A stop-loss order is a type of trade that will only execute after an asset falls below a certain price. Traders should set their stop-loss at the price that equals the amount they’re willing to lose.

For example, let’s say you buy XYZ stock for $100 per share and the maximum that you’re willing to lose on the trade is 4%. In that case, you’d want to set your stop-loss at $96. If the stock ever drops to the $96 mark, the stop-loss order will execute, selling your shares at the market price.

To succeed at day trading, you’ll want to set your stop-loss order as soon as you enter a position. This will automatically limit your losses on every trade regardless of your feelings in the heat of the moment.

Avoid Excessive Margin Trading or Short Selling

By using margin, traders can actually double their purchasing power per trade. In other words, to buy 100 shares of QRS company at $100 per share ($10,000 total cost), you could use $5,000 of your own funds and $5,000 of borrowed (marginal) funds.

But this 50% restriction is “per security.” In total, traders with margin accounts can actually increase their buying power by up to four times. So a margin account with $25,000 of available cash (over the $25,000 maintenance margin requirement) actually has $100,000 of buying power.

But it can be incredibly dangerous to use all or even most of that marginal buying power. To see how margin is a double-edged sword, let’s return to the example from above. If QRS rises by $10 to $110 per share, your 100 shares will be worth $11,000.

That’s a $1,000 profit and double the profit you’d have enjoyed if you had only purchased 50 shares for $5,000. But what if QRS instead dropped by $10 to $90 per share. In that case, you would have lost $1,000 on only $5,000 of actual invested cash. That translates to a loss of 20%.

To avoid huge losses with day trading, aim to only trade with money that you actually have in your account and use margin sparingly. Yes, that will mean smaller profits. But it will also mean smaller losses which is crucial to long-term performance (and avoiding margin calls).

Short selling is another riskier investment strategy that beginners should avoid. In theory, there is no limit to the amount of money that you can lose when short selling a stock. So until you’ve gained trading experience, stick with buying stocks (going long) using cash on hand.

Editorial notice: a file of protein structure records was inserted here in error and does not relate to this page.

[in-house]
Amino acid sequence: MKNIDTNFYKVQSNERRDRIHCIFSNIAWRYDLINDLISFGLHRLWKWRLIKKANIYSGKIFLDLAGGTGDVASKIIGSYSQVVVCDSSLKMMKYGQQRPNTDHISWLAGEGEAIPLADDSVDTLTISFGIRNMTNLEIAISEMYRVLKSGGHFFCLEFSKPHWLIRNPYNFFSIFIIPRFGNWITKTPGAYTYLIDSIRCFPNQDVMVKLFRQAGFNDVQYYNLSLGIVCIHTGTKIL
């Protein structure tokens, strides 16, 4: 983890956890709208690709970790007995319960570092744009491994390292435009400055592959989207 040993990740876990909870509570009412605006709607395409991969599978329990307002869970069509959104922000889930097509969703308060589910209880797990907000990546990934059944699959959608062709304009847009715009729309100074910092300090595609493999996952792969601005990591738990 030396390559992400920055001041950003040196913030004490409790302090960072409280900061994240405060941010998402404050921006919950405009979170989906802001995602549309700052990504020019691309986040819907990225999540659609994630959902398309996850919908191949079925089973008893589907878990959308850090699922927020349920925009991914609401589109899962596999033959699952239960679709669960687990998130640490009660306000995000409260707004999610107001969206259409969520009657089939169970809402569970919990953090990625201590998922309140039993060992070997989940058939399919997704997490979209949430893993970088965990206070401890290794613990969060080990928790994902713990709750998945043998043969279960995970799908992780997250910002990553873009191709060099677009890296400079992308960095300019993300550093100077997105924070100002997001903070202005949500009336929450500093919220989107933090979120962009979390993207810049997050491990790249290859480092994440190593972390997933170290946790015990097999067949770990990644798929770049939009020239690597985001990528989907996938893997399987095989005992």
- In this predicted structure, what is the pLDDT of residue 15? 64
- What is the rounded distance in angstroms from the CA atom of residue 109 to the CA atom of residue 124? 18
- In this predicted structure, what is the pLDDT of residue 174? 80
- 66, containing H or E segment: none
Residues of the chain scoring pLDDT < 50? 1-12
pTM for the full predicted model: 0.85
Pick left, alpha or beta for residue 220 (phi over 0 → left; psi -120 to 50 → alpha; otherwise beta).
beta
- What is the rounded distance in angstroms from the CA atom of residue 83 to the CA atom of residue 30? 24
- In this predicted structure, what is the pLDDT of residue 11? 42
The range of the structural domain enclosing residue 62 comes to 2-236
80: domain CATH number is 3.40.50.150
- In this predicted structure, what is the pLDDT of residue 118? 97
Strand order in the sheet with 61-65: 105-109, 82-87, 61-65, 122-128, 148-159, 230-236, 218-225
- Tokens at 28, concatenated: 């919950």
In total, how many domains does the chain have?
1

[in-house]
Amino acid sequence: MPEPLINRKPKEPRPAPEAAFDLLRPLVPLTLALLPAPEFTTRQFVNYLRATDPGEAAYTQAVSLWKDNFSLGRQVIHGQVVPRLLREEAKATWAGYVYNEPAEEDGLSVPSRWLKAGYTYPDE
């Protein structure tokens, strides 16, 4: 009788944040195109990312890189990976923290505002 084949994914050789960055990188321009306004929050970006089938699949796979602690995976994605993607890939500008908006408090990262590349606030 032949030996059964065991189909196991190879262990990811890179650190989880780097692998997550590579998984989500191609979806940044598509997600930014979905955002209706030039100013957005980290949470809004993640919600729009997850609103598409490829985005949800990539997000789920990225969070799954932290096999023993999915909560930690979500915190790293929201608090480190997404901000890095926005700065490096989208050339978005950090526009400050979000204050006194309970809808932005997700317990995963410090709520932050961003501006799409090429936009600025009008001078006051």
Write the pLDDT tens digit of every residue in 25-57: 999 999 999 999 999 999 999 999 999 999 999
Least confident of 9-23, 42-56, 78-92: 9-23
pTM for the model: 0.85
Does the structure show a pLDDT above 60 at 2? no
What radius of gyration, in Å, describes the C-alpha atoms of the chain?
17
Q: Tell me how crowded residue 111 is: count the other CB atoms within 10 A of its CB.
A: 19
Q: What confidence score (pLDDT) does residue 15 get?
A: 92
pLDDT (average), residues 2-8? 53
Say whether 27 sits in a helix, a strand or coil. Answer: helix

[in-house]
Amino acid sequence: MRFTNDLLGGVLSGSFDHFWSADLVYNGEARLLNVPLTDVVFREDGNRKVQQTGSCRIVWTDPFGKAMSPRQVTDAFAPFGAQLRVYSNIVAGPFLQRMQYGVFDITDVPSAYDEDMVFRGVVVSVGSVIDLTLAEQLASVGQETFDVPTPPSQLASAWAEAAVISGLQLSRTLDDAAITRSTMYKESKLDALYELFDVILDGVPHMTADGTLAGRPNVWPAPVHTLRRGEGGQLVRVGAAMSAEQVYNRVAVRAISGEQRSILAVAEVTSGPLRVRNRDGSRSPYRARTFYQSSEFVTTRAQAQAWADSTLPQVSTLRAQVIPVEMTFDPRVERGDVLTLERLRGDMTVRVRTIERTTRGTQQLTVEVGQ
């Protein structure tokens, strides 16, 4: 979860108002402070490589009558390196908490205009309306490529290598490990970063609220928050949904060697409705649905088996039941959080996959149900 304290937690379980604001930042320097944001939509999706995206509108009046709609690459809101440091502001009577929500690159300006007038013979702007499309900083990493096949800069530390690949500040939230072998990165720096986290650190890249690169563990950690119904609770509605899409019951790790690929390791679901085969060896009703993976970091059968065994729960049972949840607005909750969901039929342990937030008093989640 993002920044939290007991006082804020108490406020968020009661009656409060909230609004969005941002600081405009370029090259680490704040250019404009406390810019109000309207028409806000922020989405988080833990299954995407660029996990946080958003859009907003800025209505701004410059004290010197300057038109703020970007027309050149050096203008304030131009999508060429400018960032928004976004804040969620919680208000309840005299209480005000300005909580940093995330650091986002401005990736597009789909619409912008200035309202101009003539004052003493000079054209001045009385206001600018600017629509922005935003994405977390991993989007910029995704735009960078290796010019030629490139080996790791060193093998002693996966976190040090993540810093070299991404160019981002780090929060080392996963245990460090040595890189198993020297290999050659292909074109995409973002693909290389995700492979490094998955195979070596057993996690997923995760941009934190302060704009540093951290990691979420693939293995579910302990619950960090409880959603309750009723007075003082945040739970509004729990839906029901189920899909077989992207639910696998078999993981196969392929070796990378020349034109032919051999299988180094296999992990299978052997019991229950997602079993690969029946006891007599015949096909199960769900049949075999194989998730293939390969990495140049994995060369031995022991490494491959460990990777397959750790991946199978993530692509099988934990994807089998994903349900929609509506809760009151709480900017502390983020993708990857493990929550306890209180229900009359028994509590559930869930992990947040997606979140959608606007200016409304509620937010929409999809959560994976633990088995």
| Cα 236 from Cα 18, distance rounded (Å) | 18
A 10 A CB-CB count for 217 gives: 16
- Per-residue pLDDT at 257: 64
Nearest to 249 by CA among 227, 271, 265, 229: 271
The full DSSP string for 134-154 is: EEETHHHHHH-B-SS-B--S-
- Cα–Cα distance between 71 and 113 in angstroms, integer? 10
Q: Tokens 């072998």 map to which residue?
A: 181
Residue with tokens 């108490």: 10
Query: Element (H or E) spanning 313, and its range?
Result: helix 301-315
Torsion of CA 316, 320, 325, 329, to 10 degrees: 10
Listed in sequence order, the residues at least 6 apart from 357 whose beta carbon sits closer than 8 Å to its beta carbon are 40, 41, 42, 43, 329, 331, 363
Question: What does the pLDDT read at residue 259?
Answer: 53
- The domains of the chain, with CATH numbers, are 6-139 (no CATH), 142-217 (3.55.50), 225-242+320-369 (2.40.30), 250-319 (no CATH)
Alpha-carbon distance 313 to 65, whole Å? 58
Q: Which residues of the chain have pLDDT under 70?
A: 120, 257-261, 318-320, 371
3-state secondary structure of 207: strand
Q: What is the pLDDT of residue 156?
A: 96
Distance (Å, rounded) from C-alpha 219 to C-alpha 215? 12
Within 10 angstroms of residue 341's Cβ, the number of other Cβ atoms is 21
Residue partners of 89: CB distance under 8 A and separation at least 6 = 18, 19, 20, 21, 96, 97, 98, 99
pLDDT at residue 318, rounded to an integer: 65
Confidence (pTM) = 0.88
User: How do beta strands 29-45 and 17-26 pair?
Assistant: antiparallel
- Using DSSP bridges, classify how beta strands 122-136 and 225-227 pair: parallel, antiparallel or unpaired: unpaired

How Much Time Do Day Traders Need To Dedicate Per Day?

To consider how much time you need to dedicate as a trader, it’s important to understand the difference between a day trade and swing trade. While day trades typically only take a few minutes or hours to play out, a swing trade can take days or weeks.

Unlike long-term investors, swing traders still are looking for assets to move up in a relatively short timespan. But since they regularly hold investments overnight (or for several nights), it’s not imperative that they actively trade each day.

Most day traders will need to dedicate at least three to four hours per day. Typically, this would involve about one hour of research before the market opens and two to three hours of trading.

Since swing traders make trades less frequently, they also can get by with spending less time tracking and updating orders. In fact, many swing traders will find that they can effectively manage their active trades with a time commitment of just a few hours per week.

Who Is Day Trading a Good Fit For?

Day trading would work best for someone who can dedicate three to four hours per day researching and trading stocks. Also, those hours will need to be at the beginning of the trading day when the market is most active.

For example, if you live on the East Coast and you typically work a noon-to-8-pm shift, you may be able to also dedicate time each morning to day trading. Or, if you live on the West Coast, you could trade from 6:30 am to 9:30 am and still have the majority of the day free to work a traditional day job.

However, if you only have a few hours per week to dedicate to trading, you may want to pursue a swing trading strategy instead.

You also need to ask yourself if you have the right personality for day trading or swing trading. In either case, if you find that one bad trade adds a ton of extra stress and anxiety to your life, you may want to forgo trading altogether and just stick with long-term investing.

Related: How to Invest: 10 Smart Ways to Invest $10,000 Like a Pro

Best Tools To Get Started With Day Trading

In addition to a computer (preferably with a large amount of screen real estate) and internet access, there are a few more tools that can make a day trader’s life easier. Thankfully, with the best day trading brokers, most of these tools will come “baked in” with the platform.

First, you may want to ask your broker for Level 2 quotes to give you a better sense of a stock’s price action. Also, you’ll want to look for a broker whose trading platform offers advanced charting and scanning tools.